Walk-Through of The D’s Empty Casino is Eerie, Surreal and Unforgettable
It’s a once-in-a-lifetime situation. See, Las Vegas casinos don’t close. Typically.
Few imagined they ever would, but now Las Vegas casinos have been closed for two months as a result of the ongoing COVID-19 saga.
We’ve avoided visiting The Strip and downtown to capture Las Vegas during the shutdown because, well, it’s too damned depressing.
As chatter turns toward casinos reopening (all eyes are now on June 1), we figured it was time to chronicle a closed casino for posterity.
Our pick: The D, one of our favorite places to drink and gamble and drink in Las Vegas. Yes, we said drink twice. There’s a reason. We drink.
The D was once Fitzgerald’s, and is owned by Derek and Greg Stevens, who also own Golden Gate, the Downtown Las Vegas Events Center and Circa, a new casino resort opening in December 2020 on the site of the former Las Vegas Club.
Our stroll through The D’s casino, without a single soul inside, was utterly surreal.
The D is known for its lively atmosphere, player-friendly games, louder-than-typical music, plentiful TV screens (usually showing sports), dancing dealers, Sigma Derby (a classic, coin-operated horse racing slot machine, pictured below), flair bartenders, people-watching and endless supply of colorful characters.
As we captured video of the entirety of The D’s uninhabited casino, we experienced a surprising amount of sadness at the loss of our home-away-from-home, but also a renewed sense of appreciation for the people who serve us drinks, laugh at our stupid jokes while playing craps, dance in revealing outfits, shout at TV screens when their team scores a goal and everyone else who makes Vegas casinos so, well, Vegas.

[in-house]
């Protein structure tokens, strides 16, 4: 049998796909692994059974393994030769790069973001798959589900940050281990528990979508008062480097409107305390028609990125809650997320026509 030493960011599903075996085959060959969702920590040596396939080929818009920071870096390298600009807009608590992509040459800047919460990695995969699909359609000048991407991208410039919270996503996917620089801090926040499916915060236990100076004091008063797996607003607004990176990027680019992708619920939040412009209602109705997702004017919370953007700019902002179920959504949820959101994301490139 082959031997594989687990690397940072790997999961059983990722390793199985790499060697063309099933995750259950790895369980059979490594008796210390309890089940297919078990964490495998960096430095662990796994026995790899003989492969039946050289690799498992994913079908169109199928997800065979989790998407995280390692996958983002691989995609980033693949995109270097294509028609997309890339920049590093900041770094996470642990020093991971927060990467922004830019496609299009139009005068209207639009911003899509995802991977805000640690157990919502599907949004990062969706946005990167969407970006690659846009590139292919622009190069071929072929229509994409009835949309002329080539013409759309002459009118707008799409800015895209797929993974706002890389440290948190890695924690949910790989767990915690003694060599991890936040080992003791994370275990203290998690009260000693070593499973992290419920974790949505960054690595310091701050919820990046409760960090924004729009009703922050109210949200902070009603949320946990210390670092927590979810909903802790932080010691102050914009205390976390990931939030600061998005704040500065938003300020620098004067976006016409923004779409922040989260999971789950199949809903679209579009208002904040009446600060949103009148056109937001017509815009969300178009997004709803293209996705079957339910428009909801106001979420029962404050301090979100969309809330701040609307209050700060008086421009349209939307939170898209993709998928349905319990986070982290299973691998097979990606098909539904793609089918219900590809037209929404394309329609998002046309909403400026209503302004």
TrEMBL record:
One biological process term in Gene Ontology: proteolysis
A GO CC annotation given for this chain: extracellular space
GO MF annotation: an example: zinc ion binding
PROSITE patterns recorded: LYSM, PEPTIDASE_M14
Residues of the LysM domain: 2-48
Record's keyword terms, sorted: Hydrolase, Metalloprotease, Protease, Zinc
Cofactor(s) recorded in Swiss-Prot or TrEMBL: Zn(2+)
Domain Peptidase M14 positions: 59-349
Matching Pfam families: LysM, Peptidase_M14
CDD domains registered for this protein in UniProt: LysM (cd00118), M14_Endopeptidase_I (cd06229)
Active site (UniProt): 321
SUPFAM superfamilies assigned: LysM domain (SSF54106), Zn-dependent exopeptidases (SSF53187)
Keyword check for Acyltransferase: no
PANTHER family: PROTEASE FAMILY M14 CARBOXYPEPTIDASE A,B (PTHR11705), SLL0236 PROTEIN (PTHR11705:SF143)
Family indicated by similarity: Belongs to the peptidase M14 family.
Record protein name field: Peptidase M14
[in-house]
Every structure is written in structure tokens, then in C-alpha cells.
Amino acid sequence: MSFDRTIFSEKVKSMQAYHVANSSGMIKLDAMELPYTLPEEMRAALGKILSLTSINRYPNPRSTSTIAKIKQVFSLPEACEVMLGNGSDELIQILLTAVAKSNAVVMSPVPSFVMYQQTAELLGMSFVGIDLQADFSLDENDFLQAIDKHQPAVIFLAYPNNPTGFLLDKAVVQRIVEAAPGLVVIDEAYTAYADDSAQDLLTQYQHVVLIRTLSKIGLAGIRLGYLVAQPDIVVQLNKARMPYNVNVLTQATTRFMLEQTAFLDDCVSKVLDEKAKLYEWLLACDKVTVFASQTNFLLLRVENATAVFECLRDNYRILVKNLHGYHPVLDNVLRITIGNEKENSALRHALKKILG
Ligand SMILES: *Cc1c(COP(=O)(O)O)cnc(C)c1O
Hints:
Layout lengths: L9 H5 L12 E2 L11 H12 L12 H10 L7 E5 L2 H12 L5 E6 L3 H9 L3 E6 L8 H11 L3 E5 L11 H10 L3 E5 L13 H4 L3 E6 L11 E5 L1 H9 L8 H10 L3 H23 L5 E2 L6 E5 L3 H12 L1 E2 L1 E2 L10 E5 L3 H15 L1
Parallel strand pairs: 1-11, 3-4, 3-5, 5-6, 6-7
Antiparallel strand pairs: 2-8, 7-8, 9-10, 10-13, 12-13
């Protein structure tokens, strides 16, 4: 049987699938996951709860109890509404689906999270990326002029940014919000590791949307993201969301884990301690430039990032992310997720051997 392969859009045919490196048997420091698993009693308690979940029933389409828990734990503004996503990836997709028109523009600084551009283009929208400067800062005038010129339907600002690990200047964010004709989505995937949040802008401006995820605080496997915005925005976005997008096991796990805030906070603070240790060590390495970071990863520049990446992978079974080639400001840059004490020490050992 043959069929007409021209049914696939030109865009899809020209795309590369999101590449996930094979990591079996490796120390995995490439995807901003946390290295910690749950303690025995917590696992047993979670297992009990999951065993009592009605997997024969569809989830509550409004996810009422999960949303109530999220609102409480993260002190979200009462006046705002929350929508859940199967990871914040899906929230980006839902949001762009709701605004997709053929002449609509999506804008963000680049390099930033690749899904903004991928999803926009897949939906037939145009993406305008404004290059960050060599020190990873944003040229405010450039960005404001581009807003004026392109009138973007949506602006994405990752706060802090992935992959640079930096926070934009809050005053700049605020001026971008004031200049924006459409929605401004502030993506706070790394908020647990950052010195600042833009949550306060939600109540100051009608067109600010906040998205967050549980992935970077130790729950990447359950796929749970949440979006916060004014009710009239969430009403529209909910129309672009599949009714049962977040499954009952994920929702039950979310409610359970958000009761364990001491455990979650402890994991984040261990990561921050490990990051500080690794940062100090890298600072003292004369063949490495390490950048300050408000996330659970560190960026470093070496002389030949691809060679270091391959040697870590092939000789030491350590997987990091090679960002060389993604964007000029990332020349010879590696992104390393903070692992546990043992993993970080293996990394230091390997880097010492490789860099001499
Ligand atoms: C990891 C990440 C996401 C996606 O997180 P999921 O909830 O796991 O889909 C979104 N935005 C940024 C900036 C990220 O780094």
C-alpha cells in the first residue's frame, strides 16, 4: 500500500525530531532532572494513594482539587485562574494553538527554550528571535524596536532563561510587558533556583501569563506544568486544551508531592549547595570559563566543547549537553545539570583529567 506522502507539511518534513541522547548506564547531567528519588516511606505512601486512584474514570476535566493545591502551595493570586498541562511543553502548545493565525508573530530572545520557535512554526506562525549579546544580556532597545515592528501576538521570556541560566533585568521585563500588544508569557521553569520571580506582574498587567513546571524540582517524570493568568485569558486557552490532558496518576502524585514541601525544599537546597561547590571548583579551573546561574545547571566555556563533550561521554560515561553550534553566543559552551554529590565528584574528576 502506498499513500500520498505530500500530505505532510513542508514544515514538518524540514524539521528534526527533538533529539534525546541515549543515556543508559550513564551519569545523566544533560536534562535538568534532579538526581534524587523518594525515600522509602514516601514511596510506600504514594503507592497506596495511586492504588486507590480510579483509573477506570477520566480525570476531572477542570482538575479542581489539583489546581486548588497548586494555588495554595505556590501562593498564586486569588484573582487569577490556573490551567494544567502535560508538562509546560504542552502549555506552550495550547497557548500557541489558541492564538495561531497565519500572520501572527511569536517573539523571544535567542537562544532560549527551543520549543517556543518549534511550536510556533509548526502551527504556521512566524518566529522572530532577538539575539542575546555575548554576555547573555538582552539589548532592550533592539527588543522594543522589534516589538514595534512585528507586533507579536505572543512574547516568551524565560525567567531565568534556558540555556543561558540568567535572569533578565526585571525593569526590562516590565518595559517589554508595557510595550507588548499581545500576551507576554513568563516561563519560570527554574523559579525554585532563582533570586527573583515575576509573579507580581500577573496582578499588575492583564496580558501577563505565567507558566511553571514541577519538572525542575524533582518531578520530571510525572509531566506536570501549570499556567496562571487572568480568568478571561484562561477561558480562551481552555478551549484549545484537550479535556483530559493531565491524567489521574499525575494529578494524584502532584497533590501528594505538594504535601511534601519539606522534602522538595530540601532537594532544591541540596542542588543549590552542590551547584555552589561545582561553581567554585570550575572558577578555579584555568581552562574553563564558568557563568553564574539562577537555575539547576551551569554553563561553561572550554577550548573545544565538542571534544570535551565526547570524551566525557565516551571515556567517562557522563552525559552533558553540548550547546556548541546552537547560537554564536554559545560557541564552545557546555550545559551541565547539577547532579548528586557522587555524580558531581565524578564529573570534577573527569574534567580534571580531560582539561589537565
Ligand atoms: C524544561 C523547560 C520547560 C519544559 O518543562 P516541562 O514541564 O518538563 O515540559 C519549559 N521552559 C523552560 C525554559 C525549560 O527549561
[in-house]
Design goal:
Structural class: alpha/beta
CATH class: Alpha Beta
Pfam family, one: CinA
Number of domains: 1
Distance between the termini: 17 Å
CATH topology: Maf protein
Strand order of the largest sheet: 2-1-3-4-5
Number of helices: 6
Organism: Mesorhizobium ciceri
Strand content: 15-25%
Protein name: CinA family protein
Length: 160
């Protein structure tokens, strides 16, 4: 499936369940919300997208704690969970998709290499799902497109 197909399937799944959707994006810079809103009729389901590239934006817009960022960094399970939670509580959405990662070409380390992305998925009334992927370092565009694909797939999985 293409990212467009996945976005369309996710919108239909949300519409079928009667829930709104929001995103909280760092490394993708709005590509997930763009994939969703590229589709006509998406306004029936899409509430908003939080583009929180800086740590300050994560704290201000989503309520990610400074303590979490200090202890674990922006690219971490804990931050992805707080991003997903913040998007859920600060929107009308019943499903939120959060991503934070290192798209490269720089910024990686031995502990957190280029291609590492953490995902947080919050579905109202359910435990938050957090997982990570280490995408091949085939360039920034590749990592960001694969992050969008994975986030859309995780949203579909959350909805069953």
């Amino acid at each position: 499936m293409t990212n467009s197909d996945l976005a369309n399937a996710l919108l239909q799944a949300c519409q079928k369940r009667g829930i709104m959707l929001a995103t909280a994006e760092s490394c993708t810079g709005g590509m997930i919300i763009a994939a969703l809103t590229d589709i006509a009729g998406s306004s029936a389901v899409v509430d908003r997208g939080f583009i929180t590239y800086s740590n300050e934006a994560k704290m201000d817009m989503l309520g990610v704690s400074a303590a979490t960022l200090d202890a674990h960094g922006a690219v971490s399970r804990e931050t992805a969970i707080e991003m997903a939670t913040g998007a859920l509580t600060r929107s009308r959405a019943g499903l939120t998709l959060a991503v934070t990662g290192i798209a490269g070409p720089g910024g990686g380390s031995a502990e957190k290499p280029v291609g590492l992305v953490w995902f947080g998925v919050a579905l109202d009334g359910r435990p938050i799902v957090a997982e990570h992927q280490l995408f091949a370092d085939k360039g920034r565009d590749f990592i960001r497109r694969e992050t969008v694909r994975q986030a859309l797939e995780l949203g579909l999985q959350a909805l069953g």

Here’s a look at The D’s two-level casino. One take, no edits. Behold something you’ve never seen before and will never see again.
There are some things in Vegas you can always rely upon. Noise and excitement and chips clinking and drunk people acting like fools are some of those things.
Instead, just nothing. A big empty and a big sad.
In a way we never realized before, we need The D back. We need everything back. We need the overbearing security guards at Linq, Cosmo’s high limit room cookies, the martinis at Triple George, the ridiculously overpriced drinks at Mr. Coco inside Palms, the broken escalators, the concierges who know everyone, the lunacy of “Absinthe,” the snooty salespeople at Wynn Plaza, the bone-in filet at Joe’s in the Forum Shops, the Strat’s elevator ride, Mirage’s lucky mermaids, the party at Flamingo’s Carlos’n Charlie’s, the poker rooms and bingo parlors, the cranky craps dealers and stern pit bosses, and yes, even the Sahara.
We need it all back.
We need our friends back.
We need our life back.
We need to Vegas again.